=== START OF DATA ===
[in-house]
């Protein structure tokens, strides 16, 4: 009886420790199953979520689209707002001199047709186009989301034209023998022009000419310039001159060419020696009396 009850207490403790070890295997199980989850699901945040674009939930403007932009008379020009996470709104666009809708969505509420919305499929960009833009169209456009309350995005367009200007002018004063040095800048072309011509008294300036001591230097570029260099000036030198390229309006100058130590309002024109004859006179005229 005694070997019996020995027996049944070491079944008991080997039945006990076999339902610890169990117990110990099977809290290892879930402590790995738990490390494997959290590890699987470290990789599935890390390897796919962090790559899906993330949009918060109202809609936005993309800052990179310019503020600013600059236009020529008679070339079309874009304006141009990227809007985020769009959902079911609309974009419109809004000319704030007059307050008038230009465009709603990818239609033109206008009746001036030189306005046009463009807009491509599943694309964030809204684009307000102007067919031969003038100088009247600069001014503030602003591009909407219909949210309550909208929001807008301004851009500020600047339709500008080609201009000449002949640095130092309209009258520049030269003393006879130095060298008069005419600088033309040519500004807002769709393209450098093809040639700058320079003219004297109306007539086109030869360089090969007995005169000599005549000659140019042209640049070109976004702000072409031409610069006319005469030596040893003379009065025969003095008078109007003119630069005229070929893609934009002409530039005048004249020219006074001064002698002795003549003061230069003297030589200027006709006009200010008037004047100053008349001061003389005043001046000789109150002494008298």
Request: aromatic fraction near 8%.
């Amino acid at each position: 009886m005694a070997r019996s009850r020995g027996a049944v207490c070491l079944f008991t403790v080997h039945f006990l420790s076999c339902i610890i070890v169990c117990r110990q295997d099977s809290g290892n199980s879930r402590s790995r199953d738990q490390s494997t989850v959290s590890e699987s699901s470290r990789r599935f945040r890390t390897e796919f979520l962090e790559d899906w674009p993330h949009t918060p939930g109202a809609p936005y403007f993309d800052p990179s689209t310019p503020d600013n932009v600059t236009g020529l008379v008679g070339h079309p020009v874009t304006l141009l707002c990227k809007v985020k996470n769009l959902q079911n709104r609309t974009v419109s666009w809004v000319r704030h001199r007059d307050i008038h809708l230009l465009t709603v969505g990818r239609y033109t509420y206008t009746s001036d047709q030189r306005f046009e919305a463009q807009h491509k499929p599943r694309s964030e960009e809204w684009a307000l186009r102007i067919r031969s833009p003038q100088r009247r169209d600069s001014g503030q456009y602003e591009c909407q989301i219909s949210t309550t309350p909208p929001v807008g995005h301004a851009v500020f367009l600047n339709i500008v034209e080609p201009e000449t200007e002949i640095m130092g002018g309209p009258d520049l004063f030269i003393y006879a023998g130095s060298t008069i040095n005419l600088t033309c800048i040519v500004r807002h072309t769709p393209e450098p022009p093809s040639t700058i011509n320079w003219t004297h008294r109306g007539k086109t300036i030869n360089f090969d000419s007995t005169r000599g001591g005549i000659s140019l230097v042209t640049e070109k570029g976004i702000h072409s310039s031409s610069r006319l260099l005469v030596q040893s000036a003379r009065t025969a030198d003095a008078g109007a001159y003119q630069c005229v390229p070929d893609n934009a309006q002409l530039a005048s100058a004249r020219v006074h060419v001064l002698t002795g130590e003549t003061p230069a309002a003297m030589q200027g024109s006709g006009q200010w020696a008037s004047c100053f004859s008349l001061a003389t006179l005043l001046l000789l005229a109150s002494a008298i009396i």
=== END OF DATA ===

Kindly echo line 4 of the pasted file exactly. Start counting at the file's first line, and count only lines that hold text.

């Amino acid at each position: 009886m005694a070997r019996s009850r020995g027996a049944v207490c070491l079944f008991t403790v080997h039945f006990l420790s076999c339902i610890i070890v169990c117990r110990q295997d099977s809290g290892n199980s879930r402590s790995r199953d738990q490390s494997t989850v959290s590890e699987s699901s470290r990789r599935f945040r890390t390897e796919f979520l962090e790559d899906w674009p993330h949009t918060p939930g109202a809609p936005y403007f993309d800052p990179s689209t310019p503020d600013n932009v600059t236009g020529l008379v008679g070339h079309p020009v874009t304006l141009l707002c990227k809007v985020k996470n769009l959902q079911n709104r609309t974009v419109s666009w809004v000319r704030h001199r007059d307050i008038h809708l230009l465009t709603v969505g990818r239609y033109t509420y206008t009746s001036d047709q030189r306005f046009e919305a463009q807009h491509k499929p599943r694309s964030e960009e809204w684009a307000l186009r102007i067919r031969s833009p003038q100088r009247r169209d600069s001014g503030q456009y602003e591009c909407q989301i219909s949210t309550t309350p909208p929001v807008g995005h301004a851009v500020f367009l600047n339709i500008v034209e080609p201009e000449t200007e002949i640095m130092g002018g309209p009258d520049l004063f030269i003393y006879a023998g130095s060298t008069i040095n005419l600088t033309c800048i040519v500004r807002h072309t769709p393209e450098p022009p093809s040639t700058i011509n320079w003219t004297h008294r109306g007539k086109t300036i030869n360089f090969d000419s007995t005169r000599g001591g005549i000659s140019l230097v042209t640049e070109k570029g976004i702000h072409s310039s031409s610069r006319l260099l005469v030596q040893s000036a003379r009065t025969a030198d003095a008078g109007a001159y003119q630069c005229v390229p070929d893609n934009a309006q002409l530039a005048s100058a004249r020219v006074h060419v001064l002698t002795g130590e003549t003061p230069a309002a003297m030589q200027g024109s006709g006009q200010w020696a008037s004047c100053f004859s008349l001061a003389t006179l005043l001046l000789l005229a109150s002494a008298i009396i």